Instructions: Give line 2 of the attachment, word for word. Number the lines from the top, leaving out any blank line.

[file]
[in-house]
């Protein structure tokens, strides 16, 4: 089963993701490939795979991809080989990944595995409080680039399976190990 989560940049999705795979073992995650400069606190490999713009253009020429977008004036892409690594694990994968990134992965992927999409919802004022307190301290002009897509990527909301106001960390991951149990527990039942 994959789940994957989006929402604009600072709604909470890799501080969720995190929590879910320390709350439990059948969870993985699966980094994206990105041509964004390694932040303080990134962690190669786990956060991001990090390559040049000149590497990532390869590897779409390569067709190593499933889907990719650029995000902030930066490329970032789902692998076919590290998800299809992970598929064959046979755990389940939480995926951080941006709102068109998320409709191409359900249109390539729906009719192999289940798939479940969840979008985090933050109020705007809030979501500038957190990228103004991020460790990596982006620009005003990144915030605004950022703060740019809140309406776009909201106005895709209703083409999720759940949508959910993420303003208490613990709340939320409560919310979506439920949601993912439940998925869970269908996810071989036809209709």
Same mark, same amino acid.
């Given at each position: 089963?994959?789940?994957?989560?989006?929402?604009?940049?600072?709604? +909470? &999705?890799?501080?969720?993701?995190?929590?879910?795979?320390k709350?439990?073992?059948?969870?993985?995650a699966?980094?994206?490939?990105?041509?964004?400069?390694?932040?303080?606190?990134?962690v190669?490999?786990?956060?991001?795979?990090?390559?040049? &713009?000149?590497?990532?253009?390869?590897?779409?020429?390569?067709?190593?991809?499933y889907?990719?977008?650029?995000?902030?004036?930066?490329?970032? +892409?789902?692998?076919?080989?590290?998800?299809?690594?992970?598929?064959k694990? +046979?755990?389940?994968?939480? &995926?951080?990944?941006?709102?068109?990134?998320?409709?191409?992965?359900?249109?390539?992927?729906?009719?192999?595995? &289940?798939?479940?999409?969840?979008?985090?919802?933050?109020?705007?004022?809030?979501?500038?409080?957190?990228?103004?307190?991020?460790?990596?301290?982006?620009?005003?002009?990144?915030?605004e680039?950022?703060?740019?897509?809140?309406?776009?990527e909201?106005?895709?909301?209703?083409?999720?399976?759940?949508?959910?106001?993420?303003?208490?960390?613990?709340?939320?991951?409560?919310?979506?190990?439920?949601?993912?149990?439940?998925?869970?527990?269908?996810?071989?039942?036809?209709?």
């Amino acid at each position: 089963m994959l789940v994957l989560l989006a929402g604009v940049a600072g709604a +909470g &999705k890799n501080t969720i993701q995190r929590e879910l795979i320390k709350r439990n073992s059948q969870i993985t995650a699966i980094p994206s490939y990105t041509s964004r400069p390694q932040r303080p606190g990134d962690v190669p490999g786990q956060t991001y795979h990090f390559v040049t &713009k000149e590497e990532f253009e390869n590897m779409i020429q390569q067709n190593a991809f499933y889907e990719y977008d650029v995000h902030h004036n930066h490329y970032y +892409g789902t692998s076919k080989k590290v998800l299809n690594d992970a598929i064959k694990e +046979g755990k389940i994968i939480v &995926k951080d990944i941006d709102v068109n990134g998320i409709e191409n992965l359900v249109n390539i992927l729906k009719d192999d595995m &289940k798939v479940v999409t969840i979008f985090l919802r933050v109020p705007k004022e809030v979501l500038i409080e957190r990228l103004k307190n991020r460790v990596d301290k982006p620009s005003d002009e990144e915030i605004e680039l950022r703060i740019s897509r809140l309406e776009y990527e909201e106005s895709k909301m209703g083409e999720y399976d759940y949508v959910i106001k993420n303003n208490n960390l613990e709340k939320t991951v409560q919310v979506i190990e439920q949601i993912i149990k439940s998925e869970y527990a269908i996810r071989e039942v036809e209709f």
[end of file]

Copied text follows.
């Protein structure tokens, strides 16, 4: 089963993701490939795979991809080989990944595995409080680039399976190990 989560940049999705795979073992995650400069606190490999713009253009020429977008004036892409690594694990994968990134992965992927999409919802004022307190301290002009897509990527909301106001960390991951149990527990039942 994959789940994957989006929402604009600072709604909470890799501080969720995190929590879910320390709350439990059948969870993985699966980094994206990105041509964004390694932040303080990134962690190669786990956060991001990090390559040049000149590497990532390869590897779409390569067709190593499933889907990719650029995000902030930066490329970032789902692998076919590290998800299809992970598929064959046979755990389940939480995926951080941006709102068109998320409709191409359900249109390539729906009719192999289940798939479940969840979008985090933050109020705007809030979501500038957190990228103004991020460790990596982006620009005003990144915030605004950022703060740019809140309406776009909201106005895709209703083409999720759940949508959910993420303003208490613990709340939320409560919310979506439920949601993912439940998925869970269908996810071989036809209709």